6 Genius Ways to Use Up Extra Tomatoes and Veggies

Is your garden too productive this year? Not sure what to do with all of those tomatoes? Make the most out of your abundance of produce.

What to Do With Extra Tomatoes and Veggies

Did you grow too many tomato plants and veggies again? Me too. But don’t start planning to sneak zucchini onto your neighbor’s front porch just yet. Birds & Blooms readers shared their best ideas for what to do with extra tomatoes and surplus produce.

1. Prep and Freeze Extra Tomatoes

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Fresh basil and heirloom tomatoes 

When I’m lucky enough to have extra tomatoes, I roast them with garlic and olive oil and freeze them in two-cup portions,” says Kathy Eppers of Aledo, Texas. “It’s the perfect base for a pasta sauce.”

Stop making these 12 mistakes with your tomato garden.

2. Give Extra Produce to Farm Animals

Strawberries...picture alliance/Getty Images
Strawberries for sale at a market

Megan McCloud of Woodbine, Maryland has a clever suggestion: “We give leftover corn and strawberries to our chickens and goats.”

Psst–here’s what birds can eat from the kitchen.

3. Set Up a Veggie Swap

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Clusters of cherry tomatoes

Set up a little free library for vegetables! “My home-based business lets me share with clients,” says Lorraine Schmit of Mass City, Michigan. “They swap their harvest with me, too.”

Learn how to save tomato and veggie seeds from your harvest.

4. Make Friends With the Neighbors

Shawnda Hurley of Kelso, Washington and her husband, Roy, came up with a genius way to give away fresh veggies—while also being great neighbors! “Roy loads them up in his tractor and drives around the neighborhood to give them away,” Shawnda says. “Who needs an ice cream man when you have a fresh veggie man?”

Psst—learn how to store vegetables so they stay fresh longer.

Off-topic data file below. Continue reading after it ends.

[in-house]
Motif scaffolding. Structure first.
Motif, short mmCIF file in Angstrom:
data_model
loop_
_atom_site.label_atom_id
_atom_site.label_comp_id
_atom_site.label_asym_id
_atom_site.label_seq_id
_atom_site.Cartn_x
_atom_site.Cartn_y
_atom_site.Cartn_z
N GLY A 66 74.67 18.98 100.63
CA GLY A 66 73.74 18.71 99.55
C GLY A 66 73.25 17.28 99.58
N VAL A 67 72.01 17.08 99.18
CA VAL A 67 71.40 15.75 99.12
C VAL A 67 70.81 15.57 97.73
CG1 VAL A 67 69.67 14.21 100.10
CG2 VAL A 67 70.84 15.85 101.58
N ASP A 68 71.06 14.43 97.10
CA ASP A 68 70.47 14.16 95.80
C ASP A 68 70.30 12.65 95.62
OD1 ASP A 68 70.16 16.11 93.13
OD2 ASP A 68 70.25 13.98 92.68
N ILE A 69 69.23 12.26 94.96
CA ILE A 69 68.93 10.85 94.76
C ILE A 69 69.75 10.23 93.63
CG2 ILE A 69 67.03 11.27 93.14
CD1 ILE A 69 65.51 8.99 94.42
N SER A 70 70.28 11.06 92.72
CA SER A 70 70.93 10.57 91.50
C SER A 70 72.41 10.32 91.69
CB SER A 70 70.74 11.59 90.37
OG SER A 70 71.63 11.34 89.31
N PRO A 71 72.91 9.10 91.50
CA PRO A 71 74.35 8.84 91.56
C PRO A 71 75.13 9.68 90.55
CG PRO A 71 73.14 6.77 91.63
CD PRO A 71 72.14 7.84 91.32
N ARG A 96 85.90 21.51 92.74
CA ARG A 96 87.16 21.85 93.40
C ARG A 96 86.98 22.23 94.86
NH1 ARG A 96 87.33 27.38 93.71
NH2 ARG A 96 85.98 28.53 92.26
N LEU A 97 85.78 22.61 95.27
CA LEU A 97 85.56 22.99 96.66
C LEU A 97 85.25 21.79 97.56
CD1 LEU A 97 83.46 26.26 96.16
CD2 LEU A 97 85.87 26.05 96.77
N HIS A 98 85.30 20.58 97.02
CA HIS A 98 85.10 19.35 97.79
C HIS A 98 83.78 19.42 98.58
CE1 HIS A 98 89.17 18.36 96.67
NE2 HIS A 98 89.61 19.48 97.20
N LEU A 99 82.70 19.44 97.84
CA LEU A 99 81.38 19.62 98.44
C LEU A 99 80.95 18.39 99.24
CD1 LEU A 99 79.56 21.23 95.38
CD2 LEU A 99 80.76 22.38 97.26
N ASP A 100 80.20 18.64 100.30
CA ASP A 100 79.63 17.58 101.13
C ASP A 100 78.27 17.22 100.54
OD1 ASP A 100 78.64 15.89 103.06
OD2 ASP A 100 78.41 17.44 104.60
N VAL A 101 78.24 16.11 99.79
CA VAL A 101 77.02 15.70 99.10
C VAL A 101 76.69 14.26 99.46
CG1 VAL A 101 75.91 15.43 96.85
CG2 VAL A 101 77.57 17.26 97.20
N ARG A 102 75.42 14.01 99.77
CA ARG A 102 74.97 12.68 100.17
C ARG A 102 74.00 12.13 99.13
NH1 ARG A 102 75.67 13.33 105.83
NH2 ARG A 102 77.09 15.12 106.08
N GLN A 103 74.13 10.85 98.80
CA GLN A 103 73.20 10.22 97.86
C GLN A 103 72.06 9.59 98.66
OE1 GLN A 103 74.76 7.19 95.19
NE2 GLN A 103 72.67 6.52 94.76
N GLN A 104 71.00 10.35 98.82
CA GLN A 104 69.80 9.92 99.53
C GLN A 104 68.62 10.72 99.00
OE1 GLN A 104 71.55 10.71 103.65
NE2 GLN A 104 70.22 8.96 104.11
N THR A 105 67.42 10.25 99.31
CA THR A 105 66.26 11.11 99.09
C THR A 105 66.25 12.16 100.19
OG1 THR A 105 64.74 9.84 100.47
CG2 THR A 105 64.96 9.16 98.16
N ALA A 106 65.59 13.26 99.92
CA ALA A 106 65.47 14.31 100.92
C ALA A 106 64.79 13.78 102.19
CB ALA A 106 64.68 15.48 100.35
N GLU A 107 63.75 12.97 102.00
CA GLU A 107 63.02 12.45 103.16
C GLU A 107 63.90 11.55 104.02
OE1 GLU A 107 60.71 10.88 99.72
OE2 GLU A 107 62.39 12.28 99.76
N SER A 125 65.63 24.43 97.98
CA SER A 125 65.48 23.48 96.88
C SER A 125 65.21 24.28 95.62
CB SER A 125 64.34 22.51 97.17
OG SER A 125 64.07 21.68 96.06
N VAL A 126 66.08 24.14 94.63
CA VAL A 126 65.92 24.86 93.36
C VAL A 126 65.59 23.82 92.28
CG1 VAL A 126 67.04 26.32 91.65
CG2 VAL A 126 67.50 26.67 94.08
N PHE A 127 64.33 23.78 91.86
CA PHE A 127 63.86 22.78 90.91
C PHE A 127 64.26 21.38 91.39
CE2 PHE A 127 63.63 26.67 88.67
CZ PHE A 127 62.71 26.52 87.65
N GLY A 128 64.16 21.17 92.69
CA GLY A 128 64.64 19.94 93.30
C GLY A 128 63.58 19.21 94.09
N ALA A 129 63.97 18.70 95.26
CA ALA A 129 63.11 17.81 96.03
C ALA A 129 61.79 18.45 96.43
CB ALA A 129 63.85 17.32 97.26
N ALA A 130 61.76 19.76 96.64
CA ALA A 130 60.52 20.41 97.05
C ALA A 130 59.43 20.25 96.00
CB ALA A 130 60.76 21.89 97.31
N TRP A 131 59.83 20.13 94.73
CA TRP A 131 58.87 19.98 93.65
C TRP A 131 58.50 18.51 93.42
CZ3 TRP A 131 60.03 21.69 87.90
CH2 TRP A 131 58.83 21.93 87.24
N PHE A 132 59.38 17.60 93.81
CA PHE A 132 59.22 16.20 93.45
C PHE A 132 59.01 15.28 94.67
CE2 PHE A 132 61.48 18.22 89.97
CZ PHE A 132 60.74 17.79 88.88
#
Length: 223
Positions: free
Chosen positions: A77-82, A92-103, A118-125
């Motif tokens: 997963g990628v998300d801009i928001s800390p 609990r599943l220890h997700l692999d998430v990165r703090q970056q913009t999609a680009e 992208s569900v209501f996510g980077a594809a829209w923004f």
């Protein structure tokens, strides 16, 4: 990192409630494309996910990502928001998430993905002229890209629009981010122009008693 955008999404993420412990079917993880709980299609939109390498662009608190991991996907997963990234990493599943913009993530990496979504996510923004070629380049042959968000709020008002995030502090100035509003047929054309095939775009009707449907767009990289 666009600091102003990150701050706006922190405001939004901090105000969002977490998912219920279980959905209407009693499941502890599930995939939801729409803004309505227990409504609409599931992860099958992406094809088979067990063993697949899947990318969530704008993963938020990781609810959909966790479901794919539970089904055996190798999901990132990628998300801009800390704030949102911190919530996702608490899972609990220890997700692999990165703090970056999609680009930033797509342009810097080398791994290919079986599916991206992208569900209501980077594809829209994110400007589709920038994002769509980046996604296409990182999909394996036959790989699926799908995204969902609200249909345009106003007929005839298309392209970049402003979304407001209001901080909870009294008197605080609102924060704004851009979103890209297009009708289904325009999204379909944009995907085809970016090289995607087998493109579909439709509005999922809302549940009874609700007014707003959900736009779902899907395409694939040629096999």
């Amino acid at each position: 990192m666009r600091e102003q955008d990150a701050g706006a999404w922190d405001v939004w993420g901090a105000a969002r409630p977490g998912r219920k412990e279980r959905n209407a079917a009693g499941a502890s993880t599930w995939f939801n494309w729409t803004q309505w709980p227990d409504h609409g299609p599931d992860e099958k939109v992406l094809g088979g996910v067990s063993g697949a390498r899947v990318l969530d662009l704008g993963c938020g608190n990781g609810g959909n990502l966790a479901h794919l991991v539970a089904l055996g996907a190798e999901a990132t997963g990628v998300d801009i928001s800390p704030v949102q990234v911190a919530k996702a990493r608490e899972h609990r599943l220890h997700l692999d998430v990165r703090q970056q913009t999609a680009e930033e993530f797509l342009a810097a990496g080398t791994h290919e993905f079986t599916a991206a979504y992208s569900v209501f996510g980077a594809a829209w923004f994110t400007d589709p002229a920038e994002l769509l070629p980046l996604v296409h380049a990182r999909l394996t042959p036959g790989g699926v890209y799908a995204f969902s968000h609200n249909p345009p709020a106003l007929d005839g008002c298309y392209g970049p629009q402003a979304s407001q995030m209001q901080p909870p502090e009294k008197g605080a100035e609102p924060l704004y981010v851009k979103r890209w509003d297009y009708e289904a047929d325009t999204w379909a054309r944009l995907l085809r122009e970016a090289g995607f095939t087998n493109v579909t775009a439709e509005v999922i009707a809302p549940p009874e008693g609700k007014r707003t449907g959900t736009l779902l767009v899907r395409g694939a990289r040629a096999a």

5. Offer Extra Veggies to Backyard Wildlife

Rabbit looking at flowersCourtesy Darrell Albee
Rabbit in the flower garden

Mike Froio of Rome, New York thinks about backyard critters who might like to stop by for a bite. “I leave out leftover sliced carrots for the chipmunks, deer and rabbits in my backyard,” he says.

From carrots to cucumbers, here’s your guide to veggie-harvest times.

6. Share the Bounty With Your Community

Portrait of mature woman with baskets of harvested vegetables and man working in the background. Horizontal shot.stevecoleimages/Getty Images
Woman and man harvesting vegetables

Carol Brisky of Canby, Oregon says: “My husband and I live in a senior community where we have a raised-bed garden. We put our extra veggies in a decorative box for residents who are unable to grow their own.

Next, learn the right way to ripen green tomatoes.

Molly Jasinski
Molly Jasinski is an editor, writer and social media manager for Birds & Blooms. She’s been with the magazine since 2019 and with Trusted Media Brands since 2012. She brings more than 10 years of editorial experience to Birds & Blooms and has a bachelor’s degree in print journalism. In her role, Molly works closely with bird experts Kenn and Kimberly Kaufman and gardening expert Melinda Myers, in addition to the Birds & Blooms freelance writers. Molly was featured in a May 2023 episode of The Thing With Feathers birdwatching podcast. She's a member of the nonprofit Friends of Wehr Nature Center in Franklin, Wisconsin, a popular location for birdwatching in southeastern Wisconsin. She goes out birding often and is still hoping to spot a tufted titmouse in the near future.